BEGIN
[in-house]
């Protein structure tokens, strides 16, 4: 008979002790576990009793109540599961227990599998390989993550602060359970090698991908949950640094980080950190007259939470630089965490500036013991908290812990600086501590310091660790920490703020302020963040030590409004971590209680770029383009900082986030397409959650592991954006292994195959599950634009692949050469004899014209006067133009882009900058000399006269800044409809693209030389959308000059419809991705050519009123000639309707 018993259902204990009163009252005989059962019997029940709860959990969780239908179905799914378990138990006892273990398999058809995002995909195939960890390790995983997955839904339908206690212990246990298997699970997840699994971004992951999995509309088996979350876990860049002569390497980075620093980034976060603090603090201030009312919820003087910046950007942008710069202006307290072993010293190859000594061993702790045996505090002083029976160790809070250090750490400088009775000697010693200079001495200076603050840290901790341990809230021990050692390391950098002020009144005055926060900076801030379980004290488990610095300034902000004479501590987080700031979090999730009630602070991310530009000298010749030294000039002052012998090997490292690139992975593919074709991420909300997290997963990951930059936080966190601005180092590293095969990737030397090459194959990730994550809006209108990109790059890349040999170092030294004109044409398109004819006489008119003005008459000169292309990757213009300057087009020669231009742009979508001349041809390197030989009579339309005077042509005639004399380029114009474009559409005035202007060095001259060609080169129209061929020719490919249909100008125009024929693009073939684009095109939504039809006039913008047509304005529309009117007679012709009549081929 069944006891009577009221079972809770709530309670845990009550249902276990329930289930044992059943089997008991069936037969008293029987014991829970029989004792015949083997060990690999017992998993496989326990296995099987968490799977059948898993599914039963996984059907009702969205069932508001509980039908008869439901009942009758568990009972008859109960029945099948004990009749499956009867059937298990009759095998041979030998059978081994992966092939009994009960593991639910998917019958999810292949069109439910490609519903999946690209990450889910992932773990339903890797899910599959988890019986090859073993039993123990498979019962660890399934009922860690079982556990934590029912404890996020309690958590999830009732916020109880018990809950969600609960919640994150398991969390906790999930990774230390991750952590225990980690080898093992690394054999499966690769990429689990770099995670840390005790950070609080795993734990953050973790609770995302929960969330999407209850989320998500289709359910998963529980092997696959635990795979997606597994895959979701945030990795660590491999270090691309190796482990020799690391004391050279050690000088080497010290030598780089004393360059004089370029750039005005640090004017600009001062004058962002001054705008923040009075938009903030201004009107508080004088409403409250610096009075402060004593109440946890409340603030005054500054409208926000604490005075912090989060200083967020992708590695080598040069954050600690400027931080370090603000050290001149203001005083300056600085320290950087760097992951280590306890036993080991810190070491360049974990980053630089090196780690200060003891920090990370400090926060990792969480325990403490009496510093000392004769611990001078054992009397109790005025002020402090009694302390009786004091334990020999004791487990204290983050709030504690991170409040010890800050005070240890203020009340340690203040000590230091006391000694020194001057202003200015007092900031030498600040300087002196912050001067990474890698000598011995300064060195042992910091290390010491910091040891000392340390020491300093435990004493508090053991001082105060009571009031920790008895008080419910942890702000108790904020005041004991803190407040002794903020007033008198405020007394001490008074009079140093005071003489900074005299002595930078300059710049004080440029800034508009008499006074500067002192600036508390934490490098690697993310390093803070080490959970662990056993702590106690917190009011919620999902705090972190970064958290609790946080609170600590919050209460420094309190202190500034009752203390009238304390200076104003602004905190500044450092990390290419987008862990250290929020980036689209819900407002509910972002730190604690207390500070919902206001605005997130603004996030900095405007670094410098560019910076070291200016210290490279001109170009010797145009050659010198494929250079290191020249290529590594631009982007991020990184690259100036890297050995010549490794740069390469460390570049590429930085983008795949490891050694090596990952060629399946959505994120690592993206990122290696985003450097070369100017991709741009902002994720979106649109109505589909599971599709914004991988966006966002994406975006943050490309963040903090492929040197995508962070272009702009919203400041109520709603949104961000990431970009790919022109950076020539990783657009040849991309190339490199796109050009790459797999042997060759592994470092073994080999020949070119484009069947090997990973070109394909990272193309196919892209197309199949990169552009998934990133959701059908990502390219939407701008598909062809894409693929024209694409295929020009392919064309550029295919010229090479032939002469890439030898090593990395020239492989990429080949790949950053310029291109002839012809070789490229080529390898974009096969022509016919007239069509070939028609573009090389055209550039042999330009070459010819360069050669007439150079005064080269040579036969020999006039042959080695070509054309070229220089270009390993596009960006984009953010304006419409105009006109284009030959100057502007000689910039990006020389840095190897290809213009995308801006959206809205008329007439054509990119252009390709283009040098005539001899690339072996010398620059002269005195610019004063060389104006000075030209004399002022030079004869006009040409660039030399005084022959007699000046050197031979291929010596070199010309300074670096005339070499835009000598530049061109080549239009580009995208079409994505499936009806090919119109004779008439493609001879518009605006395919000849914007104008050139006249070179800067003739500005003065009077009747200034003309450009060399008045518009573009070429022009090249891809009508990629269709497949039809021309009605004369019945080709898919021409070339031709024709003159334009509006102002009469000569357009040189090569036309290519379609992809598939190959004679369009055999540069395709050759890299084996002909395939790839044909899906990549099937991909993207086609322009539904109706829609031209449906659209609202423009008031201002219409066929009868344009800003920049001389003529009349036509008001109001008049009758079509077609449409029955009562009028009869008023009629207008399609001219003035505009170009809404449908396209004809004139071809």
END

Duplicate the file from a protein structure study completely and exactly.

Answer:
[in-house]
């Protein structure tokens, strides 16, 4: 008979002790576990009793109540599961227990599998390989993550602060359970090698991908949950640094980080950190007259939470630089965490500036013991908290812990600086501590310091660790920490703020302020963040030590409004971590209680770029383009900082986030397409959650592991954006292994195959599950634009692949050469004899014209006067133009882009900058000399006269800044409809693209030389959308000059419809991705050519009123000639309707 018993259902204990009163009252005989059962019997029940709860959990969780239908179905799914378990138990006892273990398999058809995002995909195939960890390790995983997955839904339908206690212990246990298997699970997840699994971004992951999995509309088996979350876990860049002569390497980075620093980034976060603090603090201030009312919820003087910046950007942008710069202006307290072993010293190859000594061993702790045996505090002083029976160790809070250090750490400088009775000697010693200079001495200076603050840290901790341990809230021990050692390391950098002020009144005055926060900076801030379980004290488990610095300034902000004479501590987080700031979090999730009630602070991310530009000298010749030294000039002052012998090997490292690139992975593919074709991420909300997290997963990951930059936080966190601005180092590293095969990737030397090459194959990730994550809006209108990109790059890349040999170092030294004109044409398109004819006489008119003005008459000169292309990757213009300057087009020669231009742009979508001349041809390197030989009579339309005077042509005639004399380029114009474009559409005035202007060095001259060609080169129209061929020719490919249909100008125009024929693009073939684009095109939504039809006039913008047509304005529309009117007679012709009549081929 069944006891009577009221079972809770709530309670845990009550249902276990329930289930044992059943089997008991069936037969008293029987014991829970029989004792015949083997060990690999017992998993496989326990296995099987968490799977059948898993599914039963996984059907009702969205069932508001509980039908008869439901009942009758568990009972008859109960029945099948004990009749499956009867059937298990009759095998041979030998059978081994992966092939009994009960593991639910998917019958999810292949069109439910490609519903999946690209990450889910992932773990339903890797899910599959988890019986090859073993039993123990498979019962660890399934009922860690079982556990934590029912404890996020309690958590999830009732916020109880018990809950969600609960919640994150398991969390906790999930990774230390991750952590225990980690080898093992690394054999499966690769990429689990770099995670840390005790950070609080795993734990953050973790609770995302929960969330999407209850989320998500289709359910998963529980092997696959635990795979997606597994895959979701945030990795660590491999270090691309190796482990020799690391004391050279050690000088080497010290030598780089004393360059004089370029750039005005640090004017600009001062004058962002001054705008923040009075938009903030201004009107508080004088409403409250610096009075402060004593109440946890409340603030005054500054409208926000604490005075912090989060200083967020992708590695080598040069954050600690400027931080370090603000050290001149203001005083300056600085320290950087760097992951280590306890036993080991810190070491360049974990980053630089090196780690200060003891920090990370400090926060990792969480325990403490009496510093000392004769611990001078054992009397109790005025002020402090009694302390009786004091334990020999004791487990204290983050709030504690991170409040010890800050005070240890203020009340340690203040000590230091006391000694020194001057202003200015007092900031030498600040300087002196912050001067990474890698000598011995300064060195042992910091290390010491910091040891000392340390020491300093435990004493508090053991001082105060009571009031920790008895008080419910942890702000108790904020005041004991803190407040002794903020007033008198405020007394001490008074009079140093005071003489900074005299002595930078300059710049004080440029800034508009008499006074500067002192600036508390934490490098690697993310390093803070080490959970662990056993702590106690917190009011919620999902705090972190970064958290609790946080609170600590919050209460420094309190202190500034009752203390009238304390200076104003602004905190500044450092990390290419987008862990250290929020980036689209819900407002509910972002730190604690207390500070919902206001605005997130603004996030900095405007670094410098560019910076070291200016210290490279001109170009010797145009050659010198494929250079290191020249290529590594631009982007991020990184690259100036890297050995010549490794740069390469460390570049590429930085983008795949490891050694090596990952060629399946959505994120690592993206990122290696985003450097070369100017991709741009902002994720979106649109109505589909599971599709914004991988966006966002994406975006943050490309963040903090492929040197995508962070272009702009919203400041109520709603949104961000990431970009790919022109950076020539990783657009040849991309190339490199796109050009790459797999042997060759592994470092073994080999020949070119484009069947090997990973070109394909990272193309196919892209197309199949990169552009998934990133959701059908990502390219939407701008598909062809894409693929024209694409295929020009392919064309550029295919010229090479032939002469890439030898090593990395020239492989990429080949790949950053310029291109002839012809070789490229080529390898974009096969022509016919007239069509070939028609573009090389055209550039042999330009070459010819360069050669007439150079005064080269040579036969020999006039042959080695070509054309070229220089270009390993596009960006984009953010304006419409105009006109284009030959100057502007000689910039990006020389840095190897290809213009995308801006959206809205008329007439054509990119252009390709283009040098005539001899690339072996010398620059002269005195610019004063060389104006000075030209004399002022030079004869006009040409660039030399005084022959007699000046050197031979291929010596070199010309300074670096005339070499835009000598530049061109080549239009580009995208079409994505499936009806090919119109004779008439493609001879518009605006395919000849914007104008050139006249070179800067003739500005003065009077009747200034003309450009060399008045518009573009070429022009090249891809009508990629269709497949039809021309009605004369019945080709898919021409070339031709024709003159334009509006102002009469000569357009040189090569036309290519379609992809598939190959004679369009055999540069395709050759890299084996002909395939790839044909899906990549099937991909993207086609322009539904109706829609031209449906659209609202423009008031201002219409066929009868344009800003920049001389003529009349036509008001109001008049009758079509077609449409029955009562009028009869008023009629207008399609001219003035505009170009809404449908396209004809004139071809």